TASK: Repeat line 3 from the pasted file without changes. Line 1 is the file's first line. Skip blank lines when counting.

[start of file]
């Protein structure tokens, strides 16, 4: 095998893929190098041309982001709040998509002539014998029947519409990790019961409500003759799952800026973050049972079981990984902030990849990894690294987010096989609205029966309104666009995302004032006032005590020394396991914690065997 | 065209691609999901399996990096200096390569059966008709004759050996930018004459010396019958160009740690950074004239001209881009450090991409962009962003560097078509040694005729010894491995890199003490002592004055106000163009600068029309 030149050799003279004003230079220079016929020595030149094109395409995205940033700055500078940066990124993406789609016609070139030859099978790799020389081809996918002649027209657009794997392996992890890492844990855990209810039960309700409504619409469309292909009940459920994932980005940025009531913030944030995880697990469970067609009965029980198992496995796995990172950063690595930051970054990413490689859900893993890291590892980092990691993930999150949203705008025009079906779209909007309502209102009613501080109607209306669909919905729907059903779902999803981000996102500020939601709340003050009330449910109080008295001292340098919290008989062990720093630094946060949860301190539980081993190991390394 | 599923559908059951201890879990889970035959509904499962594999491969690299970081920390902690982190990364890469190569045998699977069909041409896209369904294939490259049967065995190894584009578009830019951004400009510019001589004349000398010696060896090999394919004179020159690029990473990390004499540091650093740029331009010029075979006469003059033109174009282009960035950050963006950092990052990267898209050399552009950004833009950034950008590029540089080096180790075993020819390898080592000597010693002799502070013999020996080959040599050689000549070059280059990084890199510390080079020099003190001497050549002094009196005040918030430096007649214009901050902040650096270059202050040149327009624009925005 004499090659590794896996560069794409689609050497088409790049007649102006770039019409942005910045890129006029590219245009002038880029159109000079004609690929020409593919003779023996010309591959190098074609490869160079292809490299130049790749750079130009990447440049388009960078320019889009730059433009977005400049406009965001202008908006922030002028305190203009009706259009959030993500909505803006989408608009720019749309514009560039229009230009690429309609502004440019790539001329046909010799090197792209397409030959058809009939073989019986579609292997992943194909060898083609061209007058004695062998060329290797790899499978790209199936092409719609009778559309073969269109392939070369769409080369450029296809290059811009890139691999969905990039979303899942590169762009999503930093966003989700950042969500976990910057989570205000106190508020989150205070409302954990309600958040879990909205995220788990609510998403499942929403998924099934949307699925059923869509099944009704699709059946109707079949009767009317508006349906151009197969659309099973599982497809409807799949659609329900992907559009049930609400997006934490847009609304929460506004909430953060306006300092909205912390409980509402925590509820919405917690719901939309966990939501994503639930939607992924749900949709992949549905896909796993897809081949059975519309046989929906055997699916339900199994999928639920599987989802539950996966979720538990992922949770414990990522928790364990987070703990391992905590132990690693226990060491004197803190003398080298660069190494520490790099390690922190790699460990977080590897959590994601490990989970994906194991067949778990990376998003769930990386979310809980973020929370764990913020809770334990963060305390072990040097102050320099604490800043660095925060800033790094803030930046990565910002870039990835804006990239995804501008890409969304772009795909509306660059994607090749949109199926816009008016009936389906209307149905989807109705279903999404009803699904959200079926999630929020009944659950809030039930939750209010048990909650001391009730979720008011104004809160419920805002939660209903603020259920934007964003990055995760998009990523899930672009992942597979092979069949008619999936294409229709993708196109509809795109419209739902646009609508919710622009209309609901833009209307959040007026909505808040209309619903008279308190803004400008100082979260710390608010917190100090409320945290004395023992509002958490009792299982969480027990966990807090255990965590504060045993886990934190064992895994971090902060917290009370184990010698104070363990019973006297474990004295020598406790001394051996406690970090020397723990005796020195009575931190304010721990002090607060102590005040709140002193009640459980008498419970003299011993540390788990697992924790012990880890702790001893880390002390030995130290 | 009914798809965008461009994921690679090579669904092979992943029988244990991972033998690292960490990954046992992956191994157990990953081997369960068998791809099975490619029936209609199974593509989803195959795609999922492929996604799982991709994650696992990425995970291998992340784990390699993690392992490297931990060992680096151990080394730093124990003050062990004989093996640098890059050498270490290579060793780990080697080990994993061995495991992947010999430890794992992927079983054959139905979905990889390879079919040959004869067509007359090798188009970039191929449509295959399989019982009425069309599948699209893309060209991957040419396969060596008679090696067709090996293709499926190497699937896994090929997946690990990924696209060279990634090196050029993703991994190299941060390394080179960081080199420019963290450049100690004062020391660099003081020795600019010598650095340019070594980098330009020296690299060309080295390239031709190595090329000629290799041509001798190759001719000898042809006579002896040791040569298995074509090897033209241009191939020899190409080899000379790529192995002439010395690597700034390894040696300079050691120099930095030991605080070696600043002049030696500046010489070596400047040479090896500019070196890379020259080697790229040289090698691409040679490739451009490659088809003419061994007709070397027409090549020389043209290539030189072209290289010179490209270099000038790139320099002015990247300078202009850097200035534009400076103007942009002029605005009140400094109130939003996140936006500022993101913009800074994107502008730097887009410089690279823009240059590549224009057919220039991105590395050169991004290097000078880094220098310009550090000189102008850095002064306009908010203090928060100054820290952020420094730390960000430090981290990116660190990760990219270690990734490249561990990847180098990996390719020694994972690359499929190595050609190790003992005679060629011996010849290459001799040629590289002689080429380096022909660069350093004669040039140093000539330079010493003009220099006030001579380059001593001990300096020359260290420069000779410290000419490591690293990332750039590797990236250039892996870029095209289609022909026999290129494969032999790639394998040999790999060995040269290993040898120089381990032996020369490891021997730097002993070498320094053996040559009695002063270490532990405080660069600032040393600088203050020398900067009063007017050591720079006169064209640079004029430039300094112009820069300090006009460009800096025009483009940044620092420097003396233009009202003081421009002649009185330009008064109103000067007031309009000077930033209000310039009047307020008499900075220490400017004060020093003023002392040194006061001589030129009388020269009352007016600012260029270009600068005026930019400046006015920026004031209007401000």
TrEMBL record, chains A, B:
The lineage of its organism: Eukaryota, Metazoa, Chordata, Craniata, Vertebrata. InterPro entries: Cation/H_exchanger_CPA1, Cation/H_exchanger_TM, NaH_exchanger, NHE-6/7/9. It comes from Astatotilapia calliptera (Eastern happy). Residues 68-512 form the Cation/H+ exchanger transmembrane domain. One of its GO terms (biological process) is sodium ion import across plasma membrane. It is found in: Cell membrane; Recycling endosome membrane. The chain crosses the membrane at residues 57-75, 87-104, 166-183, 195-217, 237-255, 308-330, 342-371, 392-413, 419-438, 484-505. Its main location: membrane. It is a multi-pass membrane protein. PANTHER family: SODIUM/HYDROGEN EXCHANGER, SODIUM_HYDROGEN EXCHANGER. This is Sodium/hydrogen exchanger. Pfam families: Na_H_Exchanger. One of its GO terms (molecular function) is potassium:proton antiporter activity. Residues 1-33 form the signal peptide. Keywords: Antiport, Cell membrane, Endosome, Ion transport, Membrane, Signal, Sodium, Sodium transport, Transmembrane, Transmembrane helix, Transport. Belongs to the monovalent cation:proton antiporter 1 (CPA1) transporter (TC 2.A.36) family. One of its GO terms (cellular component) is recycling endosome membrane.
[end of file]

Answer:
The lineage of its organism: Eukaryota, Metazoa, Chordata, Craniata, Vertebrata. InterPro entries: Cation/H_exchanger_CPA1, Cation/H_exchanger_TM, NaH_exchanger, NHE-6/7/9. It comes from Astatotilapia calliptera (Eastern happy). Residues 68-512 form the Cation/H+ exchanger transmembrane domain. One of its GO terms (biological process) is sodium ion import across plasma membrane. It is found in: Cell membrane; Recycling endosome membrane. The chain crosses the membrane at residues 57-75, 87-104, 166-183, 195-217, 237-255, 308-330, 342-371, 392-413, 419-438, 484-505. Its main location: membrane. It is a multi-pass membrane protein. PANTHER family: SODIUM/HYDROGEN EXCHANGER, SODIUM_HYDROGEN EXCHANGER. This is Sodium/hydrogen exchanger. Pfam families: Na_H_Exchanger. One of its GO terms (molecular function) is potassium:proton antiporter activity. Residues 1-33 form the signal peptide. Keywords: Antiport, Cell membrane, Endosome, Ion transport, Membrane, Signal, Sodium, Sodium transport, Transmembrane, Transmembrane helix, Transport. Belongs to the monovalent cation:proton antiporter 1 (CPA1) transporter (TC 2.A.36) family. One of its GO terms (cellular component) is recycling endosome membrane.